Calcium-channel blockers (such as verapamil) that are used to treat high blood pressure and heart conditions may interfere with the production of vitamin D by the body. Phenobarbital, phenytoin, and other anticonvulsant medications increase the body’s use of vitamin D.

Supporting Research

American Academy of Sciences. Dietary Reference Intakes: Calcium Phosphorus, Magnesium, Vitamin D, and Fluoride. National Academy Press; 1997.

Bendich A, Deckelbaum R, eds. Preventive Nutrition: The Comprehensive Guide for Health Professionals. Totowa, NJ: Humana Press; 1997.

Brenner RV, Shabahang M, Schumaker LM, et al. The antiproliferation effect of vitamin D analogs on MCF-7 human breast cancer cells. Cancer Lett. 1995;92:77–82.

Dawson-Hughes B, Harris SS, Dallal GE. Plasma calcidiol, season, and serum parathyroid hormone concentrations in healthy elderly men and women. Am J Clin Nutr. 1997;65:67–71.

Dawson-Hughes B, Harris SS, Krall EA, etal. Effect of calcium and vitamin D supplementation on bone density in men and women 65 years of age and older. N Engl J Med. 1997;337:670–676.

Deroisy R, Collette J, Chevallier T, et al. 1998. Effects of two 1-year calcium and vitamin D3 treatments on bone remodeling markers and femoral bone density in elderly women. Curr Thera Res. 59(12):850–862.

Drug Facts and Comparisons 1999. St. Louis, Mo: A. Wolters Kluwer Company; 1998.

Fox J. Verapamil induces PTH resistance but increases duodenal calcium absorption in rats. Am J Physiol. 1988;255(5):E702-707.

Hathcock JN. Metabolic mechanisms of drug-nutrient interactions. Fed Proc. 1985;44(1):124-129.

Heikkinen AM, Tuppurainen MT, Niskanen L, et al. Long-term vitamin D3 supplementation may have adverse effects on serum lipids during menopause hormone replacement therapy. J Endocrinology. 1997;137:495–502.

Kizaki M, Ikeda Y, Simon KJ, et al. Effect of 1,25-dihydroxyvitamin D3 and its analogs on human immunodeficiency virus infection in monocytes-macrophages. Leukemia. 1993;7(10):1525–1530.

Kitch BT, Vamvakas EC, Dick IM, et al. Hypovitaminosis D in medical implants. N Engl J Med. 1998;338:777–783.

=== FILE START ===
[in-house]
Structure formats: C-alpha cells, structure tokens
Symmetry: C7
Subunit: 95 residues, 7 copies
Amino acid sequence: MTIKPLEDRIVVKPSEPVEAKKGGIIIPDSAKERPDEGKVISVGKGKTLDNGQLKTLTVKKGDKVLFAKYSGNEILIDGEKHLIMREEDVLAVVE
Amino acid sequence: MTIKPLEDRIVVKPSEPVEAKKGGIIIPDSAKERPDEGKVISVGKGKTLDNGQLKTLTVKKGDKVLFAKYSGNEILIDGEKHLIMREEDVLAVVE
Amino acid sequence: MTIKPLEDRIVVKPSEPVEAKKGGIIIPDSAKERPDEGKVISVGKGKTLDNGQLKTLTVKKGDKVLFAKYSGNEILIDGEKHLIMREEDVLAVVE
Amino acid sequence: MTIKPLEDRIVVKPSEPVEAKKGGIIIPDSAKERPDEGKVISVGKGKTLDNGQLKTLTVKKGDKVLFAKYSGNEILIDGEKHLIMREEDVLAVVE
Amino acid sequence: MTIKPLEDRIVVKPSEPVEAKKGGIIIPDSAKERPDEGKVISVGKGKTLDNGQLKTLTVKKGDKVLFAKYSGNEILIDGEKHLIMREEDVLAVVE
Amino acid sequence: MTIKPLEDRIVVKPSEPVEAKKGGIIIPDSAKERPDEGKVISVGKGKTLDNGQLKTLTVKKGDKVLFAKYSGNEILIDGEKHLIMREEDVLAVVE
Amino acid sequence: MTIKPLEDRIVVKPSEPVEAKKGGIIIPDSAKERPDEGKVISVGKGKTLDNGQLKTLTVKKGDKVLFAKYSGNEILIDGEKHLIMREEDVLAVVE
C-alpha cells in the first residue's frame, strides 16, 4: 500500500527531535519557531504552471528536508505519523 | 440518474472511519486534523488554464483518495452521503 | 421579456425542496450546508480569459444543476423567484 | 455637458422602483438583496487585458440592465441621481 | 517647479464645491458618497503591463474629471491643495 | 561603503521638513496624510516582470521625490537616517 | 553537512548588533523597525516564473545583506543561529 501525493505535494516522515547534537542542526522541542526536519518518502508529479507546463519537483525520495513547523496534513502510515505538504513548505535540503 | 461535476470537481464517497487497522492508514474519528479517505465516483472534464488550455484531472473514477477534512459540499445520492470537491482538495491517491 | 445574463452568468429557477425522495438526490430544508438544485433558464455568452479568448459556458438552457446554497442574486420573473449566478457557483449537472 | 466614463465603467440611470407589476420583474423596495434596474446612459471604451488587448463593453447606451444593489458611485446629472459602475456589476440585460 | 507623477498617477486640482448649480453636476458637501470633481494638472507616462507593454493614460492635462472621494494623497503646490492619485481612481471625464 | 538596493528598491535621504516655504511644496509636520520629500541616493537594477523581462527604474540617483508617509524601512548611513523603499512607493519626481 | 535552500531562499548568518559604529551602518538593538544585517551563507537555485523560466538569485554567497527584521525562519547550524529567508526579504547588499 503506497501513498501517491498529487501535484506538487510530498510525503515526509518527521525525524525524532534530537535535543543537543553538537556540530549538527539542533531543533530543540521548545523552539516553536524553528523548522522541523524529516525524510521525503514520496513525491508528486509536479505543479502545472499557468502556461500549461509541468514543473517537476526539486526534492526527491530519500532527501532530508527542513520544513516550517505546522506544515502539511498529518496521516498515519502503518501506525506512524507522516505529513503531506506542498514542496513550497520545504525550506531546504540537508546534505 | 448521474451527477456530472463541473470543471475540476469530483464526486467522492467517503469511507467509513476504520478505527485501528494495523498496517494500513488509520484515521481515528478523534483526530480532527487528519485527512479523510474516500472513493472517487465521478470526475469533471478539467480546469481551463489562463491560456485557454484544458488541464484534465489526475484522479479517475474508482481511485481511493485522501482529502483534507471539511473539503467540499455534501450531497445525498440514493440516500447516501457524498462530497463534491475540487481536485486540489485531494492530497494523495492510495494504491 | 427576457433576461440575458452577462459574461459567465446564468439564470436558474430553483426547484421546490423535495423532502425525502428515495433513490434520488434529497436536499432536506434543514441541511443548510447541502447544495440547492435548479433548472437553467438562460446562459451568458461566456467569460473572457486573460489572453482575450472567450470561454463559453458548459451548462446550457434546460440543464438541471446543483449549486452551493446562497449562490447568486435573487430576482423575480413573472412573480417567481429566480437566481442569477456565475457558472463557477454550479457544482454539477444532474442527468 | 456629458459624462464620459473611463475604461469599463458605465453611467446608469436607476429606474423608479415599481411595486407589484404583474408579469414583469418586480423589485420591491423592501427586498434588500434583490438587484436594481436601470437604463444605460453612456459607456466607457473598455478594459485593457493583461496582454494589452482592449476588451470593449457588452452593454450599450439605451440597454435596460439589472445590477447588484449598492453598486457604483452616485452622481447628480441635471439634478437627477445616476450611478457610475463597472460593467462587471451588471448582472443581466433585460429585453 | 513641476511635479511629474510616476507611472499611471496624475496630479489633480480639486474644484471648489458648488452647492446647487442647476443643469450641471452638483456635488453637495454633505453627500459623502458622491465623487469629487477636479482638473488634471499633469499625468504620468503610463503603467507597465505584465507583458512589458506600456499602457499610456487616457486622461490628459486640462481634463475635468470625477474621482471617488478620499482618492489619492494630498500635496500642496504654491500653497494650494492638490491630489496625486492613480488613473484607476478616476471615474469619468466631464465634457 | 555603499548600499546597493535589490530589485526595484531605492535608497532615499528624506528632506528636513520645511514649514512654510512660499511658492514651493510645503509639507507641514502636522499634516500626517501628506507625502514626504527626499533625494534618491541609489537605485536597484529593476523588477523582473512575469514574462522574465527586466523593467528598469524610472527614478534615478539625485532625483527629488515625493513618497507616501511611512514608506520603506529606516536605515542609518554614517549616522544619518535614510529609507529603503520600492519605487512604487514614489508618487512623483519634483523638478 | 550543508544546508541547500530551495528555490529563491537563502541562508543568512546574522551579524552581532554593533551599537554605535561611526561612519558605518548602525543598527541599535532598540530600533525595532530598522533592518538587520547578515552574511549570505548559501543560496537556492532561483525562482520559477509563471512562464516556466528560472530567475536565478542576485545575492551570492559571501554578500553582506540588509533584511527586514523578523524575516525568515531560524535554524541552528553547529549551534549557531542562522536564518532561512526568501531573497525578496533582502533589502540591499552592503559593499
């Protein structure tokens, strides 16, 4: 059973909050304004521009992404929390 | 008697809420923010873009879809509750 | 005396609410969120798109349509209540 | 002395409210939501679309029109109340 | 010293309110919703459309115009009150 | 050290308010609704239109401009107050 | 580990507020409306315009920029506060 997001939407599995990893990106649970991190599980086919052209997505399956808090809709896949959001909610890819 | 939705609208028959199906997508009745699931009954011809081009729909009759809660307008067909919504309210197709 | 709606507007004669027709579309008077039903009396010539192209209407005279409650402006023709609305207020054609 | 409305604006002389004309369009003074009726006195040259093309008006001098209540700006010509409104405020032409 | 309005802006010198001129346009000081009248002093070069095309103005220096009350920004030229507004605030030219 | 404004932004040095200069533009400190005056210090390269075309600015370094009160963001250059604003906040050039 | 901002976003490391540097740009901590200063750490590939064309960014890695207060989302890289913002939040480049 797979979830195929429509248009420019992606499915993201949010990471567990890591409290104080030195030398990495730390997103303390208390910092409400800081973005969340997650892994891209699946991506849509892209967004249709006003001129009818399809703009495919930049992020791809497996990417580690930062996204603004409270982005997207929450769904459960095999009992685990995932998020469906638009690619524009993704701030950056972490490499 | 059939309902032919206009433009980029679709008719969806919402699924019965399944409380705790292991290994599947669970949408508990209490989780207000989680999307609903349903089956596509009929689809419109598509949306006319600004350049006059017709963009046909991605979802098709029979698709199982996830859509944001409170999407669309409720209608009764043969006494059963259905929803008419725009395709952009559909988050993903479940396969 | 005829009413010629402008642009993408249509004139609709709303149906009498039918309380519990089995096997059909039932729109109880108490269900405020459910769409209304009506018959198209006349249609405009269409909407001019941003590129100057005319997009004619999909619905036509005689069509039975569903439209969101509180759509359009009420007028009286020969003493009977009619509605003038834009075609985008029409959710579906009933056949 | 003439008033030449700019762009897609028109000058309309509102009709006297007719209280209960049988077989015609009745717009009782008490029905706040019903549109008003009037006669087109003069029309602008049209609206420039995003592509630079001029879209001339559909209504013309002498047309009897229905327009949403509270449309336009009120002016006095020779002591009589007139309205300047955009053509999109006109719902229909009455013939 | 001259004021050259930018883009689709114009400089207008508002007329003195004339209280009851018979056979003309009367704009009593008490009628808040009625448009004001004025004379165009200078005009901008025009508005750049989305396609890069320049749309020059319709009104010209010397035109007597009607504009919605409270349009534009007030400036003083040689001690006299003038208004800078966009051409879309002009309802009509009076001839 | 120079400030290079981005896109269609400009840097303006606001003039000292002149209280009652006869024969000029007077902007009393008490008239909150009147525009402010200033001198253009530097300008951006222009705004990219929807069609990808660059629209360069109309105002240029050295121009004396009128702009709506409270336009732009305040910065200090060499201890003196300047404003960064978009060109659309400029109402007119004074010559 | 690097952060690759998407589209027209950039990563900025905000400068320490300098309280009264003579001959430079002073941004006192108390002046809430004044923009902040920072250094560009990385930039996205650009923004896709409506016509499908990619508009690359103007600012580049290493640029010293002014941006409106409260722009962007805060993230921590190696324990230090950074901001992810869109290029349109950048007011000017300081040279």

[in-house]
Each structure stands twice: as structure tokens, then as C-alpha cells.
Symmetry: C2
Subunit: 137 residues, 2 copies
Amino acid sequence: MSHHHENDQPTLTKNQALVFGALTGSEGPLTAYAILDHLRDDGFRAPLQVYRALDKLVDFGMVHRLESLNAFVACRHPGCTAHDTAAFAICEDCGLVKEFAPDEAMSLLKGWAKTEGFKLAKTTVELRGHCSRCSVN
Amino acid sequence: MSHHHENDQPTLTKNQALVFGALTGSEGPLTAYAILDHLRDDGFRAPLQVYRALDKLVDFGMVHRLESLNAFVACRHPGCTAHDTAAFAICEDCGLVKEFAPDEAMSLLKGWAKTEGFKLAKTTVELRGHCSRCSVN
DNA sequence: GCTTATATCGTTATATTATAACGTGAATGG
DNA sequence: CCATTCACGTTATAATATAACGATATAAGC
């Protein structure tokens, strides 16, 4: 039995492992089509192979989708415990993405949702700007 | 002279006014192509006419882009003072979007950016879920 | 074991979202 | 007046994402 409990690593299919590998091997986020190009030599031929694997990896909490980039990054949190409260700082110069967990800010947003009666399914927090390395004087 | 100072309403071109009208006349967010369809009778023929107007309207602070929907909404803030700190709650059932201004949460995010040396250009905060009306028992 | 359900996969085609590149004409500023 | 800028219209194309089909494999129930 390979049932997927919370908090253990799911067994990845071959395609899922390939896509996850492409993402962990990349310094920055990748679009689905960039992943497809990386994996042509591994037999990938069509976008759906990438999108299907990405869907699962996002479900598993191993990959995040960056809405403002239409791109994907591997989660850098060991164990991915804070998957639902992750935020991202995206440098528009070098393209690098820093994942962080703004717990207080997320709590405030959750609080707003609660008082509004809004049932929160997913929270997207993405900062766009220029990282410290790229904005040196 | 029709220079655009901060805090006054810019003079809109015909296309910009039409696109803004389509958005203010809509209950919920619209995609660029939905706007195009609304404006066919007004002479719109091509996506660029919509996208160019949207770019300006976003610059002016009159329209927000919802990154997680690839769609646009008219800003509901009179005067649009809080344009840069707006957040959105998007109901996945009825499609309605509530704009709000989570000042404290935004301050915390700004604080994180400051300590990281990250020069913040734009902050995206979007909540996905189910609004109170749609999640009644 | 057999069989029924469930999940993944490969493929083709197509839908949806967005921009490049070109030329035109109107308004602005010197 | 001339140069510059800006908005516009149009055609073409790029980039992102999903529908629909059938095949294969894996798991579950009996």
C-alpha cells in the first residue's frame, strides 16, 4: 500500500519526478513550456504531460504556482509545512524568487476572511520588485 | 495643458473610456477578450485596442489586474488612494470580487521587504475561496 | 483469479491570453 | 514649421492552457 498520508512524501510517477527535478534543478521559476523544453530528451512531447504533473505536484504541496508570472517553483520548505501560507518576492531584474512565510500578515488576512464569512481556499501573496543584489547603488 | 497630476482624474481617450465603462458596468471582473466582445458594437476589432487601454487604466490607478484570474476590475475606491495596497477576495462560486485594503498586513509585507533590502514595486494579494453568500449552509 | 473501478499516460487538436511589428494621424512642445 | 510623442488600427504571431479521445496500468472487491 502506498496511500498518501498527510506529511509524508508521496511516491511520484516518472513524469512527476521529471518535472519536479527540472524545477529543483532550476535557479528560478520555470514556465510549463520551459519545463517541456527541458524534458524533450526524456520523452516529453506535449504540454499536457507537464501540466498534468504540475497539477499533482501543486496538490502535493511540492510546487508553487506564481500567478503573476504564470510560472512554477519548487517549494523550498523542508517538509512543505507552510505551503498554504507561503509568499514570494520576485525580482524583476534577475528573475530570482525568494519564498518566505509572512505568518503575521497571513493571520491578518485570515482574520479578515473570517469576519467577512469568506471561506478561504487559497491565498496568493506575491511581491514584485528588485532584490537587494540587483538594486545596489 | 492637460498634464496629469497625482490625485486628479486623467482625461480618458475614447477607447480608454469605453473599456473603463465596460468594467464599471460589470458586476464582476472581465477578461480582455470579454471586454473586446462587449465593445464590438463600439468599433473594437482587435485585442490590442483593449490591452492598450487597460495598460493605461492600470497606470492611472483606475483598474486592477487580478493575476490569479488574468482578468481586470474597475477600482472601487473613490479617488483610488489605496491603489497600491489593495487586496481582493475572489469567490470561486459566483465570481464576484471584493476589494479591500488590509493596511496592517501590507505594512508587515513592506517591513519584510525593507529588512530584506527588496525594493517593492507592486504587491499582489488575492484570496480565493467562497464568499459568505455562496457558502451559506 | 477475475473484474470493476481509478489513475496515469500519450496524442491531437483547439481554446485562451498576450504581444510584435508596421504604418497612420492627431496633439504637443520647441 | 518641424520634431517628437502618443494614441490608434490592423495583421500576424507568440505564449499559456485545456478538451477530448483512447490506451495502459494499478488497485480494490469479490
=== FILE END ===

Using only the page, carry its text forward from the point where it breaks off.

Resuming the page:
Knodel LC, Talbert RL. Adverse effects of hypolipidaemic drugs. Med Toxicol. 1987;2(1):10-32.

Langman M, Boyle P, et al. Chemoprevention of colorectal cancer. Gut. 1998;43:578–585.

Mahan K, Arlin M. Krause's Food, Nutrition and Diet Therapy. 8th ed. Philadelphia, Pa: WB Saunders Company; 1992.

Martinez ME, Giovannucci EL Colditz GA, et al. Calcium, vitamin D, and the occurrence of colorectal cancer among women. JNCI. 1996;88:1375–1382.

Matsui MS, Rozovski SJ. Drug-nutrient interaction. Clin Ther. 1982;4(6):423-440.

Reavley N. Vitamins, Etc. Melbourne, Australia: Bookman Press; 1998.

Schumann K. Interactions between drugs and vitamins at advanced age. Int J Vitam Nutr Res. 1999;69(3):173-178.

Self TH, Chrisman CR, Baciewicz AM, Bronze MS. Isoniazid drug and food interactions. Am J Med Sci. 1999;317(5):304-311.

Thomas MK., Lloyd-Jones DM, Thadhani RI, et al. Hypovitaminosis D in medical inpatients. N Engl J Med. 1998;338:777–783.

Copyright © 2000 Integrative Medicine Communications

The publisher does not accept any responsibility for the accuracy of the information or the consequences arising from the application, use, or misuse of any of the information contained herein, including any injury and/or damage to any person or property as a matter of product liability, negligence, or otherwise. No warranty, expressed or implied, is made in regard to the contents of this material. No claims or endorsements are made for any drugs or compounds currently marketed or in investigative use. This material is not intended as a guide to self-medication. The reader is advised to discuss the information provided here with a doctor, pharmacist, nurse, or other authorized healthcare practitioner and to check product information (including package inserts) regarding dosage, precautions, warnings, interactions, and contraindications before administering any drug, herb, or supplement discussed herein.